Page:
My 'disclaimer' stretches in both directions. I apologize ahead of time for leaving out some of your favorites as well as including some you may not prefer -- let me know what they are and why you like or dislike them. Please don't include the following in your 'like' list:
*soupy romances that claim to be 'Christian'
*poorly-written books, stories or any sloppily-written work that claims to be 'Christian'
*books full of images or language that portrays sin as 'fun' or glorifies evil
*articles, essays, stories or other writings that are inaccurate in their depictions of real-life characters or events, when real history is involved.
I realize some books I recommend, including my 'list-maker books,' may not match up to your personal criteria. I hope we can meet on 'middle ground' here and decide for ourselves whether we will read these books. I have attempted to list books that have a basic Christian principle behind or underlying them -- whether the writer was a proponent of Christianity or not -- and that are well-written, to one extent or another. Thank you for understanding my dilemma. As with all things in this fallen world, there are no perfect books since all are written by sinful men and women. I hope you will develop a Christian 'grid' that is based on 'thus saith the Lord' through which you sift and sort all that you read and write.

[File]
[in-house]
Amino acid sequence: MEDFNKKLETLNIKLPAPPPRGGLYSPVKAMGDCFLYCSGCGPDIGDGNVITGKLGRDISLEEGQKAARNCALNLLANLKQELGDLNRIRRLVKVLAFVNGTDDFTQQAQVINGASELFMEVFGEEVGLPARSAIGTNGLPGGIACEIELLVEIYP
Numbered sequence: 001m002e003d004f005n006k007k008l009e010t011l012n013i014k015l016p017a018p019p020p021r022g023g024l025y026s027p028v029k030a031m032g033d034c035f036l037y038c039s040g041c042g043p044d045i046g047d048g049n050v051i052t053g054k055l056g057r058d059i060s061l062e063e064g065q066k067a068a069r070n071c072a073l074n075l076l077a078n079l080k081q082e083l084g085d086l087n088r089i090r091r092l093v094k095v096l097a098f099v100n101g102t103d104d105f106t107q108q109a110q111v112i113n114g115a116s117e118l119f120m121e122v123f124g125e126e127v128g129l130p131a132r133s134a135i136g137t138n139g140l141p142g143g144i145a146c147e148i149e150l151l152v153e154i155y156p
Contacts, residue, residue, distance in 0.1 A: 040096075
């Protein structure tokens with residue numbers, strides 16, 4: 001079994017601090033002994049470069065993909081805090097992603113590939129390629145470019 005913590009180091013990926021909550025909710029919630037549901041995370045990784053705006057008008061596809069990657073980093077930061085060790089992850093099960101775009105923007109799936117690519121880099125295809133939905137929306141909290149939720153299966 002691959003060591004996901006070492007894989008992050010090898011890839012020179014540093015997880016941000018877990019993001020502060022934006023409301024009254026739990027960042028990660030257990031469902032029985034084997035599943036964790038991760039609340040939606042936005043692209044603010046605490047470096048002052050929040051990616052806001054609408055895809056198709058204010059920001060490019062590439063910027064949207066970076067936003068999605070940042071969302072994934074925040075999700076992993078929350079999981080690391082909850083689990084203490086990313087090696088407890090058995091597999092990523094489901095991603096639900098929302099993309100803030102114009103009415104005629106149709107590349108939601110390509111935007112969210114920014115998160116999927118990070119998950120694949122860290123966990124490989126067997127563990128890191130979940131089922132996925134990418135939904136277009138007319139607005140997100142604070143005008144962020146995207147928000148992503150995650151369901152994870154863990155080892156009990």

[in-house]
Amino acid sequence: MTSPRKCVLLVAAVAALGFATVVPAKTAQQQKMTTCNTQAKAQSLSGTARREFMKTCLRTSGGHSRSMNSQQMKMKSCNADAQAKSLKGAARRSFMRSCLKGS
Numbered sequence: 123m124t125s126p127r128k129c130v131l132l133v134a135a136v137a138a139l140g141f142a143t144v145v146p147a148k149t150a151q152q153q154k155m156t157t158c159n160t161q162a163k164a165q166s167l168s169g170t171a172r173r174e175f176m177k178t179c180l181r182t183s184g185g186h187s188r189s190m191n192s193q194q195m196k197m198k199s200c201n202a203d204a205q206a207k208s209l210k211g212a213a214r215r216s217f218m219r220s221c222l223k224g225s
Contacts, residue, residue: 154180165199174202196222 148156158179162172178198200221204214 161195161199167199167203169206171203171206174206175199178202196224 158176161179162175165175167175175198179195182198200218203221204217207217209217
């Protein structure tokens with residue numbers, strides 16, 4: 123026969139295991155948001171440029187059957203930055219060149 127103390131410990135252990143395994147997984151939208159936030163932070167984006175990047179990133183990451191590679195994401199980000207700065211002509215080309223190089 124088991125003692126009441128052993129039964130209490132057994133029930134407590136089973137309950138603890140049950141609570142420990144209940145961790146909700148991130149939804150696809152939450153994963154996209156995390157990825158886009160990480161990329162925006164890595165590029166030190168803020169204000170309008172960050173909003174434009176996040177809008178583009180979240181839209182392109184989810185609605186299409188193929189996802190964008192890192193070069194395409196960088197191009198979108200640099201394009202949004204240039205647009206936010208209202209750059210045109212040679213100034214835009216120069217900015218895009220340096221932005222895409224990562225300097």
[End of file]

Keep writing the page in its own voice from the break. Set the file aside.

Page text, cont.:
With these thoughts in mind, here is my 'cautious' short list of recommended books for older young people and adults (I hope to expand this as time permits):
Authentic Christianity: Commentaries on the Westminster Larger Catechism, and other titles by Joseph C. Morecraft, III (did you think I wouldn't recommend my husband's greatest works?) These five commentaries are available both from Amercian Vision or Vision Forum. (same price) They are the product of over 20 years of work as he preached through the WCF Larger Catechism. Very practical and scholarly at once, they are useful for a thorough understanding of Scripture as only this catechism gives us. President of American Vision, Gary DeMar says either spend thousands of dollars and many years getting a seminary education or purchase these five volumes and learn as much or more! What a deal!!
Order from American Vision here: http://www.americanvision.com/products/Authentic-Christianity-Series%3A-An-Exposition-of-the-Theology-and-Ethics-of-the-Westminster-Larger-Catechism.html
or order from Vision Forum:
The Institutes of the Christian Religion, and other titles by John Calvin
The Institutes of Biblical Law, and other titles by R. J. Rushdoony, perhaps the most important theologian of our times.
or order from Vision Forum here:
The Sovereignty of God, by A. W. Pink. "Who is regulating affairs on this earth today -- God or the devil?" from the introduction.
By This Standard, by Greg Bahnsen. Does God's law apply today?
Knowing God, by J. I. Packer
The History of the Reformation, and other titles by Merle D'Aubigne such as,
The Protector: A Vindication.
The Great Christian Revolution, and other titles by Otto Scott.
How the Irish Saved Civilization, by Thomas Cahill. (A book about Iona)
For You They Signed, by Marilyn Boyer, the stories of the signers of the Declaration of Independence.
Providential Battles, by Christian historian, William Potter. Twenty of the greatest battles in the world that altered history.
Classics and just for fun: Tune in next week!!!